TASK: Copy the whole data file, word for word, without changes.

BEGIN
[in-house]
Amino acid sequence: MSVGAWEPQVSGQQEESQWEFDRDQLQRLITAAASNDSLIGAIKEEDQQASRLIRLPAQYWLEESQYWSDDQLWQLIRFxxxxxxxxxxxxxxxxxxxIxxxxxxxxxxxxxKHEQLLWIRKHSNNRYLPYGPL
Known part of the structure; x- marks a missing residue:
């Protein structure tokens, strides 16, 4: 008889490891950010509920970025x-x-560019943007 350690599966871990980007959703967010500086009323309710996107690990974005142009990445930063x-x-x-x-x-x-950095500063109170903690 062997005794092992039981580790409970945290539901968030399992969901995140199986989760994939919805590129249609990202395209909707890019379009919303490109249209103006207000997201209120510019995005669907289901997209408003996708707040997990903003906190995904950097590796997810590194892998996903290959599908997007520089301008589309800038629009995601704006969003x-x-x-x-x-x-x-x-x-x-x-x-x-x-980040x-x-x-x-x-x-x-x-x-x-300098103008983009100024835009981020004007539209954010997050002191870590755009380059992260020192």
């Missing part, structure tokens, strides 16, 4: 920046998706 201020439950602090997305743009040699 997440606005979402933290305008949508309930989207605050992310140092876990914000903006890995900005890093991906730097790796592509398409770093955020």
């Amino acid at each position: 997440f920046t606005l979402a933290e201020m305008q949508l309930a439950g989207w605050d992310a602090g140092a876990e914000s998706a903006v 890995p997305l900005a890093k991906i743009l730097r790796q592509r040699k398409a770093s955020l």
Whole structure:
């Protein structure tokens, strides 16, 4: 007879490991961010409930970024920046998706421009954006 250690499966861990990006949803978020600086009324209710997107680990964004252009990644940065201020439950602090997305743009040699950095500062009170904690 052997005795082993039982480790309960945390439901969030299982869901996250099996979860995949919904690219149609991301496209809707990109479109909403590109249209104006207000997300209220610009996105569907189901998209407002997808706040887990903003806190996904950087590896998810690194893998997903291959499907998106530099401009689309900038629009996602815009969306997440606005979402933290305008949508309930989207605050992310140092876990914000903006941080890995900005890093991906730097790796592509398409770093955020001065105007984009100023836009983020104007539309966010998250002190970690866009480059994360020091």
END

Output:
[in-house]
Amino acid sequence: MSVGAWEPQVSGQQEESQWEFDRDQLQRLITAAASNDSLIGAIKEEDQQASRLIRLPAQYWLEESQYWSDDQLWQLIRFxxxxxxxxxxxxxxxxxxxIxxxxxxxxxxxxxKHEQLLWIRKHSNNRYLPYGPL
Known part of the structure; x- marks a missing residue:
């Protein structure tokens, strides 16, 4: 008889490891950010509920970025x-x-560019943007 350690599966871990980007959703967010500086009323309710996107690990974005142009990445930063x-x-x-x-x-x-950095500063109170903690 062997005794092992039981580790409970945290539901968030399992969901995140199986989760994939919805590129249609990202395209909707890019379009919303490109249209103006207000997201209120510019995005669907289901997209408003996708707040997990903003906190995904950097590796997810590194892998996903290959599908997007520089301008589309800038629009995601704006969003x-x-x-x-x-x-x-x-x-x-x-x-x-x-980040x-x-x-x-x-x-x-x-x-x-300098103008983009100024835009981020004007539209954010997050002191870590755009380059992260020192």
């Missing part, structure tokens, strides 16, 4: 920046998706 201020439950602090997305743009040699 997440606005979402933290305008949508309930989207605050992310140092876990914000903006890995900005890093991906730097790796592509398409770093955020």
């Amino acid at each position: 997440f920046t606005l979402a933290e201020m305008q949508l309930a439950g989207w605050d992310a602090g140092a876990e914000s998706a903006v 890995p997305l900005a890093k991906i743009l730097r790796q592509r040699k398409a770093s955020l």
Whole structure:
């Protein structure tokens, strides 16, 4: 007879490991961010409930970024920046998706421009954006 250690499966861990990006949803978020600086009324209710997107680990964004252009990644940065201020439950602090997305743009040699950095500062009170904690 052997005795082993039982480790309960945390439901969030299982869901996250099996979860995949919904690219149609991301496209809707990109479109909403590109249209104006207000997300209220610009996105569907189901998209407002997808706040887990903003806190996904950087590896998810690194893998997903291959499907998106530099401009689309900038629009996602815009969306997440606005979402933290305008949508309930989207605050992310140092876990914000903006941080890995900005890093991906730097790796592509398409770093955020001065105007984009100023836009983020104007539309966010998250002190970690866009480059994360020091």